I got to Brisbane after three chilled out days in Byron Bay. I had planned to stay a whole week in Brisbane to check out all the zouk dancing spots in town – it is the zouk capital of Australia after all! A dance friend of mine had offered me even a place to stay so I was all set for my dance week! But more about dancing in Brisbane in the next post :)

Brisbane is bit of less known big city in Australia – Sydney and Melbourne seem to get most tourists, as well as Perth on the west coast lately. But Brisbane is quite well located with lots of fast connections to the popular islands such as the Australian reef destinations Fraser Island and Whitsundays as well as Fiji, among others. It’s also in the pretty much half way on the travelers’ famous east coast route from Melbourne or Sydney to Cairns. I immediately liked the city when I strolled from the bus terminal to the river and boarded the City Cat ferry. The river snakes through the city, passing the skyscraper filled down town (Riverside terminal) and you get a good sense of how the place looks like.

Wednesday, June 6, 2012

Chilling out in Byron Bay

My plan after Sydney and Ayers Rock was to see some of the east coast of Australia between Sydney and Brisbane. But since I had spent some extra time dancing in Sydney and wanted spend some more time dancing in Brisbane as well there wasn’t a whole lot left. So it happened that Byron Bay was my one and only stop between the two big cities. I had asked around for the best places to visit on the coast and Byron kept coming up – frankly people had a hard time finding anything else to recommend which made my planning easier.

So I boarded my first Australian bus – and hopefully the last night bus. I can tell you it wasn’t like those first class buses I took in Central and South America. Luckily the bus wasn't full so I had a two seats to myself but still found it hard to come up with a position to sleep in. The 12 hours went quite fast anyway. It was nice to wake up after the uncomfortable sleep in the bus to see a stunning sunrise over one field in our stop-over.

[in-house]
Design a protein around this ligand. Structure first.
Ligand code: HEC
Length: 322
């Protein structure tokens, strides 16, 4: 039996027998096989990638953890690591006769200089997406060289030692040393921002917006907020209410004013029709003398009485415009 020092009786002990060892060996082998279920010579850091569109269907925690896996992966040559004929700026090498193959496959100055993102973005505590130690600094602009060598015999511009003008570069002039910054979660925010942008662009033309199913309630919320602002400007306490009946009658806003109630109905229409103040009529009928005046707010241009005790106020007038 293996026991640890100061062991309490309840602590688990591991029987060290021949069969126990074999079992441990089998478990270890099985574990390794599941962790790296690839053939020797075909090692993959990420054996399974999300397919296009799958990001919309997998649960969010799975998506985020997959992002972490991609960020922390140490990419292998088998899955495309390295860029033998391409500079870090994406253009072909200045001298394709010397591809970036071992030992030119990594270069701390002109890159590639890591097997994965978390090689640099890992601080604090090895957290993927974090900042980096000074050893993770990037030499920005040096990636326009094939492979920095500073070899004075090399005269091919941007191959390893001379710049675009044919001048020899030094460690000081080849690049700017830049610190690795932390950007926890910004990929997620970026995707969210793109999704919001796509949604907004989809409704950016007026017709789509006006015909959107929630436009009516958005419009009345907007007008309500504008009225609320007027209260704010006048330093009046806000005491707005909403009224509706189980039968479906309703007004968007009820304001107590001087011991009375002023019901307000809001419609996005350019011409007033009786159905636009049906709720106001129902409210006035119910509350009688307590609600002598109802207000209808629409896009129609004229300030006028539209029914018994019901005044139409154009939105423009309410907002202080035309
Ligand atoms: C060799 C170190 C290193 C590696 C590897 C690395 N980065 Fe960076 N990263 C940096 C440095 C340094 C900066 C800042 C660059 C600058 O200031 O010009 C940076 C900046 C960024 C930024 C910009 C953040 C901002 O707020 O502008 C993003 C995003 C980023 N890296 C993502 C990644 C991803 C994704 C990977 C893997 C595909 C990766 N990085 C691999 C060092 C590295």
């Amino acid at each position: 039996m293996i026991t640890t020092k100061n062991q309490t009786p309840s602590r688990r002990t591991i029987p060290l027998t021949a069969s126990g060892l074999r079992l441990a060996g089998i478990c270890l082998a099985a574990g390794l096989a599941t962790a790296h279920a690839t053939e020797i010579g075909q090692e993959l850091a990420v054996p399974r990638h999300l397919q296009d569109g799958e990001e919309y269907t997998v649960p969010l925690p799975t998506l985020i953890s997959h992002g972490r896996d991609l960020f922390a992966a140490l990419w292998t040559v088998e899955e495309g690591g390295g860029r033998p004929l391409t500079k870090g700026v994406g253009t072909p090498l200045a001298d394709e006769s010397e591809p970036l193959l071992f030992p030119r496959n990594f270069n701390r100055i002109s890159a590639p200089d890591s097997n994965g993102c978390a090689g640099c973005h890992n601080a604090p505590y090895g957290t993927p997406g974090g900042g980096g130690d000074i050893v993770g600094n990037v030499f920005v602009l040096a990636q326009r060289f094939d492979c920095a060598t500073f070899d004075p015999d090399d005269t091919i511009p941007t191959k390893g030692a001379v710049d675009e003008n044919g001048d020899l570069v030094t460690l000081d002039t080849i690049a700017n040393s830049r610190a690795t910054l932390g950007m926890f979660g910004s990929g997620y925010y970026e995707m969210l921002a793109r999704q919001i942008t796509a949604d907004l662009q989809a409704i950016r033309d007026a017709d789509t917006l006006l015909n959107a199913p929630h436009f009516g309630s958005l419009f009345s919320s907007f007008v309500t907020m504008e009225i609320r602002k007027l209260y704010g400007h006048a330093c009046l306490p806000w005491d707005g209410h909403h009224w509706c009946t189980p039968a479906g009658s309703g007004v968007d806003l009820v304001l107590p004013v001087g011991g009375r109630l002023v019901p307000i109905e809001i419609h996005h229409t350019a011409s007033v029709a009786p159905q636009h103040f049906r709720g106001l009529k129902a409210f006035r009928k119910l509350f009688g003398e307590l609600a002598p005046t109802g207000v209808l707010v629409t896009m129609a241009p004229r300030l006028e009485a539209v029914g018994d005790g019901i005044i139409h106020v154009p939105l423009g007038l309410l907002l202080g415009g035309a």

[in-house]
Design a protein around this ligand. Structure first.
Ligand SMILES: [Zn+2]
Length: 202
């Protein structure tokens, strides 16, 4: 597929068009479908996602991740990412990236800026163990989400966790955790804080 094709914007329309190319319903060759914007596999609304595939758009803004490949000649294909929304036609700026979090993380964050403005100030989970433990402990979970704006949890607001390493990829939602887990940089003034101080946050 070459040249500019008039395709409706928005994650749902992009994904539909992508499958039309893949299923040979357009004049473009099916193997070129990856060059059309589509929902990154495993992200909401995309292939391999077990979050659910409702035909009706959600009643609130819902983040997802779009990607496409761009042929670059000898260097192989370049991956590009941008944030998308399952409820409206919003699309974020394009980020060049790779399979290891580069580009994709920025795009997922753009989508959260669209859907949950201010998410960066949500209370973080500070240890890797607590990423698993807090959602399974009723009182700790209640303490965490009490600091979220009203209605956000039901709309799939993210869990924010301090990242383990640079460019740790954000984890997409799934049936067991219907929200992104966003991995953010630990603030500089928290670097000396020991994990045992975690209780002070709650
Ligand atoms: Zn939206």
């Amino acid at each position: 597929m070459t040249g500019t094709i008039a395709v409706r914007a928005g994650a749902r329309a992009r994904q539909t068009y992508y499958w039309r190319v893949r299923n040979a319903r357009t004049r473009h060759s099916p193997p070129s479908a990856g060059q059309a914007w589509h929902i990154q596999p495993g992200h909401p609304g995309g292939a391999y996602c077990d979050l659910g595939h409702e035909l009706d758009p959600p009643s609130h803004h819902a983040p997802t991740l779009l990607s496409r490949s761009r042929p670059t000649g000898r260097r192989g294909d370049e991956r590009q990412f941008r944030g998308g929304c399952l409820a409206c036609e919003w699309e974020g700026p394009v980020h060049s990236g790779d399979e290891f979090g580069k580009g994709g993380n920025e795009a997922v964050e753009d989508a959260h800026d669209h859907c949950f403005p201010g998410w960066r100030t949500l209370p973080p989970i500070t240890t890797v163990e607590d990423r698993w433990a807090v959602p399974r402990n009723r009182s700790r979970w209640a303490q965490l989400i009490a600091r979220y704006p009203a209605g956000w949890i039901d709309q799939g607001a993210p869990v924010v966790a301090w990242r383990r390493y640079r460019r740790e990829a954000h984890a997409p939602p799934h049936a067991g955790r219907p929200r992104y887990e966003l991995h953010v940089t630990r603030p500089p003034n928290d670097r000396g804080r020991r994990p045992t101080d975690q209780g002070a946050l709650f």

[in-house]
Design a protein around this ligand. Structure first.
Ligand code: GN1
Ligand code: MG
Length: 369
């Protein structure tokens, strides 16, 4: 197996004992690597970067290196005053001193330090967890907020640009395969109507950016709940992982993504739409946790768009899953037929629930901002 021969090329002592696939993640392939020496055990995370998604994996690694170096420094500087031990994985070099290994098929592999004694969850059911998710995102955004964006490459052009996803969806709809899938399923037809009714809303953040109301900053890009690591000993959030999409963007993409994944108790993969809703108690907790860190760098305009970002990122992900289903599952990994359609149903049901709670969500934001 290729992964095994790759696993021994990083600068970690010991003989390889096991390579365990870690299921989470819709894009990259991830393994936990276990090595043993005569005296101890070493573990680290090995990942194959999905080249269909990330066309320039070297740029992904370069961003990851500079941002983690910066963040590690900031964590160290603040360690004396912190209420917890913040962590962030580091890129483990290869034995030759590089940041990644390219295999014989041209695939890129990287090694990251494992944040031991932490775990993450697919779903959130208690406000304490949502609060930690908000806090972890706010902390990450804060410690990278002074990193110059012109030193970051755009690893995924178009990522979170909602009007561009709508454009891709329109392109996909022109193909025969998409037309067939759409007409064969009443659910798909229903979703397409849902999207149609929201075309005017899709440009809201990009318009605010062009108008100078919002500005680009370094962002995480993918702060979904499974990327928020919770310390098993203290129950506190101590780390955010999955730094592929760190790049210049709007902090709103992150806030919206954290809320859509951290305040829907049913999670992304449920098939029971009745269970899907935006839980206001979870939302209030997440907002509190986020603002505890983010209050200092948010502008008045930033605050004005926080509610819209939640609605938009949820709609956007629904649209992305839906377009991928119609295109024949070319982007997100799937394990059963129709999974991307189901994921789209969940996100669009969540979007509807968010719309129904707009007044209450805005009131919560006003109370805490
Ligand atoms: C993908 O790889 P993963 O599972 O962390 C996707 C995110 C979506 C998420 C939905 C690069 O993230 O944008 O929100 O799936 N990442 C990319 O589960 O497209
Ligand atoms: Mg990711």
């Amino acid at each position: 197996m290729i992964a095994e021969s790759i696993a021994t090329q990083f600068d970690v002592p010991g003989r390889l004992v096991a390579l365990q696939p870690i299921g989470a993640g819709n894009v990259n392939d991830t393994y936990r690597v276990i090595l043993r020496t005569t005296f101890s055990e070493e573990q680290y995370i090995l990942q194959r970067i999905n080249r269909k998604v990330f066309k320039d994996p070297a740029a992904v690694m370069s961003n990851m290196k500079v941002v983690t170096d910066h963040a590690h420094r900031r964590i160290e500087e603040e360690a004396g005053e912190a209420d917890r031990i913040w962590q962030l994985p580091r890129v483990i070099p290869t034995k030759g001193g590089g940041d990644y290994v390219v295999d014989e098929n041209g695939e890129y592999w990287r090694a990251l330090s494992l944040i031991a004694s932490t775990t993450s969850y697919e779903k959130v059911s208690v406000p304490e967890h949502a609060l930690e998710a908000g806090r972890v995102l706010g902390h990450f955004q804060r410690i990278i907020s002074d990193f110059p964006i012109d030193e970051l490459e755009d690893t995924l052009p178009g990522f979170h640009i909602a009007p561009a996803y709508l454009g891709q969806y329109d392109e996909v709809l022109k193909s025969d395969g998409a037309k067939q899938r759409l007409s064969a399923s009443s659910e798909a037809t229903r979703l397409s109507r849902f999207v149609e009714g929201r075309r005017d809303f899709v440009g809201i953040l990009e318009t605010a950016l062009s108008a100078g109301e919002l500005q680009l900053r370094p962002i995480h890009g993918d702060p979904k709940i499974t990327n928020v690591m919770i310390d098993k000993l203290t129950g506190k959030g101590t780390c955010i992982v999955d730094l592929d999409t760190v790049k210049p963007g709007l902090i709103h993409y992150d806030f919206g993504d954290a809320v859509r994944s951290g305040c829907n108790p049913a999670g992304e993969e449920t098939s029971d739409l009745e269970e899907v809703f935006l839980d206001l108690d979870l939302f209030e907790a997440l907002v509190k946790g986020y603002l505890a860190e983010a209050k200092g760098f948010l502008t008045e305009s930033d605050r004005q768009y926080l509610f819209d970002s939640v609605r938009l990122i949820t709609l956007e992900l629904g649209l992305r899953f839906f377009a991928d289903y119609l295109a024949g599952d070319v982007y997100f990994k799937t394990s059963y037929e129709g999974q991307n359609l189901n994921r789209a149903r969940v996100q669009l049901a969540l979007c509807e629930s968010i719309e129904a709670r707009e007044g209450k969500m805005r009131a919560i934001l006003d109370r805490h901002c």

The big red rocks

Sorry my blog is ridiculously behind at the moment, I had major internet issues in the last month traveling in Northern Australia. Will try to get back on track this month!

The iconic image of Australia: Ayers Rock! I had booked flights to Ayers Rock already last November when I booked my RTW-ticket so I didn’t have to think about whether to include a visit to the rocks on my trip. It was one of the highlights of this trip that I had been waiting for. 

There’s a couple different sites there: firstly there's Uluru or Ayers Rock and secondly Kata Tjuta - they are two separate sites, two massive rock formations. They are both located in the same National Park area and they're both an easy 20-40 min drive from the small town of Yulara where most visitors are based (or I might say all since there are no other places to stay there). Both Uluru and Kata Tjuta were formed in the same time period and are the same colour but they have different geology - read more about that at the bottom of the post.

There’s also a third popular site there, Kings Canyon, but that’s a 3-hour drive from Yulara and I didn’t want to make my schedule too hectic so decided to skip that – at least there’s something more to see in case I come there again! 


The main thing for me was the see Uluru. I really wanted to have enough time to see all of it so I didn’t join any of the day tours since primarily all of them would just drive around the rock for the most parts. I wanted to take my time so I just got a transfer there and back, leaving me however much time I wanted to walk around it. First I went to see the sunrise – there are separate sunrise and sunset viewing sites where hundreds (and probabaly thousands in high season) flock to see the rock change colours. It was very scenic and you could see the entire rock formation from there – which I would later see up close.

The different colors of Uluru at sunrise